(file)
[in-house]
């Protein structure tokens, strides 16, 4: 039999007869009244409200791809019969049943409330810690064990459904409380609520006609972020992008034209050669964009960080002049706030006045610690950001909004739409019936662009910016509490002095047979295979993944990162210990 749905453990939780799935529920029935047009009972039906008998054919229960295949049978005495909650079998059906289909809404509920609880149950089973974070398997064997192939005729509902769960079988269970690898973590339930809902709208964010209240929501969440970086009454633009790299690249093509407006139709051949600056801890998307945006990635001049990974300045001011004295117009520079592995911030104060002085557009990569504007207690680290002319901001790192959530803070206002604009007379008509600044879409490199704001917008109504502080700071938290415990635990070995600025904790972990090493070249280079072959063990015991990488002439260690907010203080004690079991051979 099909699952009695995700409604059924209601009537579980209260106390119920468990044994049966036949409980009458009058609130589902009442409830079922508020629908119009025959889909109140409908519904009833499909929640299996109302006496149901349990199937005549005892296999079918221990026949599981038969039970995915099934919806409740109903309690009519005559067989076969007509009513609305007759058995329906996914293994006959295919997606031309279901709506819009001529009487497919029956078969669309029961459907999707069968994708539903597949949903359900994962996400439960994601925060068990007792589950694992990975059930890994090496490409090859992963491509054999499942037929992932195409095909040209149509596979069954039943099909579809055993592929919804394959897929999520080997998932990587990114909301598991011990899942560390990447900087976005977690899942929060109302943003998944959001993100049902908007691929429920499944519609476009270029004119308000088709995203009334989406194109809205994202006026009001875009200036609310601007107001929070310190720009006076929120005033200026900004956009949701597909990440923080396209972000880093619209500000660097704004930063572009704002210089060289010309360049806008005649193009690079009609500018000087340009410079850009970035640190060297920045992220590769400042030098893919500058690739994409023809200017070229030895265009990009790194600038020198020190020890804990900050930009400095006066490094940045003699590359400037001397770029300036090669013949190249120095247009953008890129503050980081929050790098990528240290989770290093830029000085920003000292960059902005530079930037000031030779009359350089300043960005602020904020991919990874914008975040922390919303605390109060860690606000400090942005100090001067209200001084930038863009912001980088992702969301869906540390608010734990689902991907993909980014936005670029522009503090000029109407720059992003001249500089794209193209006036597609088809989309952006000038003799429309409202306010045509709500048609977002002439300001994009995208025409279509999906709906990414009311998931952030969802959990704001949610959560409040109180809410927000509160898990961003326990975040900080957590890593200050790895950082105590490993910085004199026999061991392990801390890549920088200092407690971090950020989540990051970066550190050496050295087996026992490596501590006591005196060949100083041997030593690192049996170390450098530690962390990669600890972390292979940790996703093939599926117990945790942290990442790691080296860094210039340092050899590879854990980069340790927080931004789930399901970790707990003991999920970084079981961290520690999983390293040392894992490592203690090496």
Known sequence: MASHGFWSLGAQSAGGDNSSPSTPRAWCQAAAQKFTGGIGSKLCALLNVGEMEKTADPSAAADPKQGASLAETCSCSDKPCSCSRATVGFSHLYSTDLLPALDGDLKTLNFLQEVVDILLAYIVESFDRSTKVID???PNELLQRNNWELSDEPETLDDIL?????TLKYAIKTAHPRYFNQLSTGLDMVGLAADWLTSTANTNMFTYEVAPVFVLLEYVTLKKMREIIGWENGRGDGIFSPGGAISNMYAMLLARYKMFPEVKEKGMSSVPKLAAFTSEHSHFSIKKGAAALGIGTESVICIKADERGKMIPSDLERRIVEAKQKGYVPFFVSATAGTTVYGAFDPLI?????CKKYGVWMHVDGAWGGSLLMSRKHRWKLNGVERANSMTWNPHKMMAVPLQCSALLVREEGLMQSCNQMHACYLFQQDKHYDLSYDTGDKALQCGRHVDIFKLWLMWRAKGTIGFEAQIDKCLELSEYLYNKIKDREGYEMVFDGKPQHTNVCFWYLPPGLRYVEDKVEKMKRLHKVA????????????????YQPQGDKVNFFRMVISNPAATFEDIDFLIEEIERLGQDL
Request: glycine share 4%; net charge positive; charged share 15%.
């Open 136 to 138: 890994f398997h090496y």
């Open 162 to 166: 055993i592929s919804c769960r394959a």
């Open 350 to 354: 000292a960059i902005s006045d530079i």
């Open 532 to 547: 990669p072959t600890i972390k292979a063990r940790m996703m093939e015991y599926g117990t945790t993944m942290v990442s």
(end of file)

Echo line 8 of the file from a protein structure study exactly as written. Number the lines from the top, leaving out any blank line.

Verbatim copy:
């Open 532 to 547: 990669p072959t600890i972390k292979a063990r940790m996703m093939e015991y599926g117990t945790t993944m942290v990442s």